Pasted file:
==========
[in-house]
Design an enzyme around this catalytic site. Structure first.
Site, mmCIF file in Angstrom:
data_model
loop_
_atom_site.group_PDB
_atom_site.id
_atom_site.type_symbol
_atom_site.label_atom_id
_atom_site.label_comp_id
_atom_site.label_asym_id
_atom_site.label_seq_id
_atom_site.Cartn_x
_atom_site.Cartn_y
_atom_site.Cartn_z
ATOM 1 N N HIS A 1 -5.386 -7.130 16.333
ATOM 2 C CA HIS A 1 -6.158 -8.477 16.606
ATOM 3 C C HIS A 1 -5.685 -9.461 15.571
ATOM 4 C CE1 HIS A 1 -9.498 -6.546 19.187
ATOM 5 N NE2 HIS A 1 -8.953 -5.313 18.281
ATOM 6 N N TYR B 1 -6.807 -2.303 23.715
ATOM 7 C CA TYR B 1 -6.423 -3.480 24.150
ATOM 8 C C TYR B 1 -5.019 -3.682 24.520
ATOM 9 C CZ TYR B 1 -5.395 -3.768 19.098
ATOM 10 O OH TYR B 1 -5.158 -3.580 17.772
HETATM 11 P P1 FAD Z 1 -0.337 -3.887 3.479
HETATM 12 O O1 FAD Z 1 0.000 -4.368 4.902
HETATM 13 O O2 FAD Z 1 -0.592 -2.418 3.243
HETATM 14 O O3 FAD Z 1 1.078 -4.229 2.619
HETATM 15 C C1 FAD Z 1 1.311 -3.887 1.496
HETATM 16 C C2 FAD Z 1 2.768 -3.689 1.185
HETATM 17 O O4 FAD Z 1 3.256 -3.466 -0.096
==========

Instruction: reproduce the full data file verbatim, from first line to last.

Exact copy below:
[in-house]
Design an enzyme around this catalytic site. Structure first.
Site, mmCIF file in Angstrom:
data_model
loop_
_atom_site.group_PDB
_atom_site.id
_atom_site.type_symbol
_atom_site.label_atom_id
_atom_site.label_comp_id
_atom_site.label_asym_id
_atom_site.label_seq_id
_atom_site.Cartn_x
_atom_site.Cartn_y
_atom_site.Cartn_z
ATOM 1 N N HIS A 1 -5.386 -7.130 16.333
ATOM 2 C CA HIS A 1 -6.158 -8.477 16.606
ATOM 3 C C HIS A 1 -5.685 -9.461 15.571
ATOM 4 C CE1 HIS A 1 -9.498 -6.546 19.187
ATOM 5 N NE2 HIS A 1 -8.953 -5.313 18.281
ATOM 6 N N TYR B 1 -6.807 -2.303 23.715
ATOM 7 C CA TYR B 1 -6.423 -3.480 24.150
ATOM 8 C C TYR B 1 -5.019 -3.682 24.520
ATOM 9 C CZ TYR B 1 -5.395 -3.768 19.098
ATOM 10 O OH TYR B 1 -5.158 -3.580 17.772
HETATM 11 P P1 FAD Z 1 -0.337 -3.887 3.479
HETATM 12 O O1 FAD Z 1 0.000 -4.368 4.902
HETATM 13 O O2 FAD Z 1 -0.592 -2.418 3.243
HETATM 14 O O3 FAD Z 1 1.078 -4.229 2.619
HETATM 15 C C1 FAD Z 1 1.311 -3.887 1.496
HETATM 16 C C2 FAD Z 1 2.768 -3.689 1.185
HETATM 17 O O4 FAD Z 1 3.256 -3.466 -0.096